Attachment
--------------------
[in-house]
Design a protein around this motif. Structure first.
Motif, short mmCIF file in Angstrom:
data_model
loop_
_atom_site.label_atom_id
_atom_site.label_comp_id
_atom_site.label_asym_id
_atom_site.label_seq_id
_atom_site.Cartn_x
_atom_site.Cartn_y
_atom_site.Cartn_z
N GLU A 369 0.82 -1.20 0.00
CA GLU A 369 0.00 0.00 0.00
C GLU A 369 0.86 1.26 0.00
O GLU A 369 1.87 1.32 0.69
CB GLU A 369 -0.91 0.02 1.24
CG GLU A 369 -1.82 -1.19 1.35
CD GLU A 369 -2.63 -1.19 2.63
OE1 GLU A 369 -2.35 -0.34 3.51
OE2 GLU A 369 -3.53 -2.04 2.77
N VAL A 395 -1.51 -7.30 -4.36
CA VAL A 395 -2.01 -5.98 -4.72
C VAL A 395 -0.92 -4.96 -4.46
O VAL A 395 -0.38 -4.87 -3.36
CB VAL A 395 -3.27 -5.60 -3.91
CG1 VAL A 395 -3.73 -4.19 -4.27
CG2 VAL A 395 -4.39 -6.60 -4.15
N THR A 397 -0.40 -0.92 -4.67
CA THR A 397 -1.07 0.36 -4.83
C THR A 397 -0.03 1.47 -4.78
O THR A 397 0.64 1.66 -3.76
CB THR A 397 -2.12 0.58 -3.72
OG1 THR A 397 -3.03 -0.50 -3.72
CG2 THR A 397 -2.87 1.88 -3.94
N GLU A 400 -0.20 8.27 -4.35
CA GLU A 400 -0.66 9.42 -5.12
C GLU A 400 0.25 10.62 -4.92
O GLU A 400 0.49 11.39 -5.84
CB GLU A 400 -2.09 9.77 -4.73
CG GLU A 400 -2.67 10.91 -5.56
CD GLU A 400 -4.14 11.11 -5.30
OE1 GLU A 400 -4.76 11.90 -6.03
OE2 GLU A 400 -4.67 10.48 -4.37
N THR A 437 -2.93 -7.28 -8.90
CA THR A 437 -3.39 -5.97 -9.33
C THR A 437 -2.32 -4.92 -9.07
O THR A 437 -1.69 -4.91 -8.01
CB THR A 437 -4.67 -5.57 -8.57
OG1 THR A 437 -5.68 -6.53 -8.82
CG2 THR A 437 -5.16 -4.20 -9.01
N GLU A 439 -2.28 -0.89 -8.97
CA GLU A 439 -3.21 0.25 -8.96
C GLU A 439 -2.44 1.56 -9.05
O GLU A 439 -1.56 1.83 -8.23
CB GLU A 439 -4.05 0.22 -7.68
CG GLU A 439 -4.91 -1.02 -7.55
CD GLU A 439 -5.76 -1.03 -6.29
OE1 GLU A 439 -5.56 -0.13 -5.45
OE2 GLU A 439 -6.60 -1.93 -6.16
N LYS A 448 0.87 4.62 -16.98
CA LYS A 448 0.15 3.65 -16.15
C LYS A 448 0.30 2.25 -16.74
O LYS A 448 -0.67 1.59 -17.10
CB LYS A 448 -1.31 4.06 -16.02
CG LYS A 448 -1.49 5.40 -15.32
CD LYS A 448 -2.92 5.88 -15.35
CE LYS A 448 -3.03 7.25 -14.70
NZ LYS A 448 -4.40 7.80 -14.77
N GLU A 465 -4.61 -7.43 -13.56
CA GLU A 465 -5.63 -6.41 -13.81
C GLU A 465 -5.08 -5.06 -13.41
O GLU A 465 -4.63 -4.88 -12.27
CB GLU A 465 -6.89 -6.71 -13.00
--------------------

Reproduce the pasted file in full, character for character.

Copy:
[in-house]
Design a protein around this motif. Structure first.
Motif, short mmCIF file in Angstrom:
data_model
loop_
_atom_site.label_atom_id
_atom_site.label_comp_id
_atom_site.label_asym_id
_atom_site.label_seq_id
_atom_site.Cartn_x
_atom_site.Cartn_y
_atom_site.Cartn_z
N GLU A 369 0.82 -1.20 0.00
CA GLU A 369 0.00 0.00 0.00
C GLU A 369 0.86 1.26 0.00
O GLU A 369 1.87 1.32 0.69
CB GLU A 369 -0.91 0.02 1.24
CG GLU A 369 -1.82 -1.19 1.35
CD GLU A 369 -2.63 -1.19 2.63
OE1 GLU A 369 -2.35 -0.34 3.51
OE2 GLU A 369 -3.53 -2.04 2.77
N VAL A 395 -1.51 -7.30 -4.36
CA VAL A 395 -2.01 -5.98 -4.72
C VAL A 395 -0.92 -4.96 -4.46
O VAL A 395 -0.38 -4.87 -3.36
CB VAL A 395 -3.27 -5.60 -3.91
CG1 VAL A 395 -3.73 -4.19 -4.27
CG2 VAL A 395 -4.39 -6.60 -4.15
N THR A 397 -0.40 -0.92 -4.67
CA THR A 397 -1.07 0.36 -4.83
C THR A 397 -0.03 1.47 -4.78
O THR A 397 0.64 1.66 -3.76
CB THR A 397 -2.12 0.58 -3.72
OG1 THR A 397 -3.03 -0.50 -3.72
CG2 THR A 397 -2.87 1.88 -3.94
N GLU A 400 -0.20 8.27 -4.35
CA GLU A 400 -0.66 9.42 -5.12
C GLU A 400 0.25 10.62 -4.92
O GLU A 400 0.49 11.39 -5.84
CB GLU A 400 -2.09 9.77 -4.73
CG GLU A 400 -2.67 10.91 -5.56
CD GLU A 400 -4.14 11.11 -5.30
OE1 GLU A 400 -4.76 11.90 -6.03
OE2 GLU A 400 -4.67 10.48 -4.37
N THR A 437 -2.93 -7.28 -8.90
CA THR A 437 -3.39 -5.97 -9.33
C THR A 437 -2.32 -4.92 -9.07
O THR A 437 -1.69 -4.91 -8.01
CB THR A 437 -4.67 -5.57 -8.57
OG1 THR A 437 -5.68 -6.53 -8.82
CG2 THR A 437 -5.16 -4.20 -9.01
N GLU A 439 -2.28 -0.89 -8.97
CA GLU A 439 -3.21 0.25 -8.96
C GLU A 439 -2.44 1.56 -9.05
O GLU A 439 -1.56 1.83 -8.23
CB GLU A 439 -4.05 0.22 -7.68
CG GLU A 439 -4.91 -1.02 -7.55
CD GLU A 439 -5.76 -1.03 -6.29
OE1 GLU A 439 -5.56 -0.13 -5.45
OE2 GLU A 439 -6.60 -1.93 -6.16
N LYS A 448 0.87 4.62 -16.98
CA LYS A 448 0.15 3.65 -16.15
C LYS A 448 0.30 2.25 -16.74
O LYS A 448 -0.67 1.59 -17.10
CB LYS A 448 -1.31 4.06 -16.02
CG LYS A 448 -1.49 5.40 -15.32
CD LYS A 448 -2.92 5.88 -15.35
CE LYS A 448 -3.03 7.25 -14.70
NZ LYS A 448 -4.40 7.80 -14.77
N GLU A 465 -4.61 -7.43 -13.56
CA GLU A 465 -5.63 -6.41 -13.81
C GLU A 465 -5.08 -5.06 -13.41
O GLU A 465 -4.63 -4.88 -12.27
CB GLU A 465 -6.89 -6.71 -13.00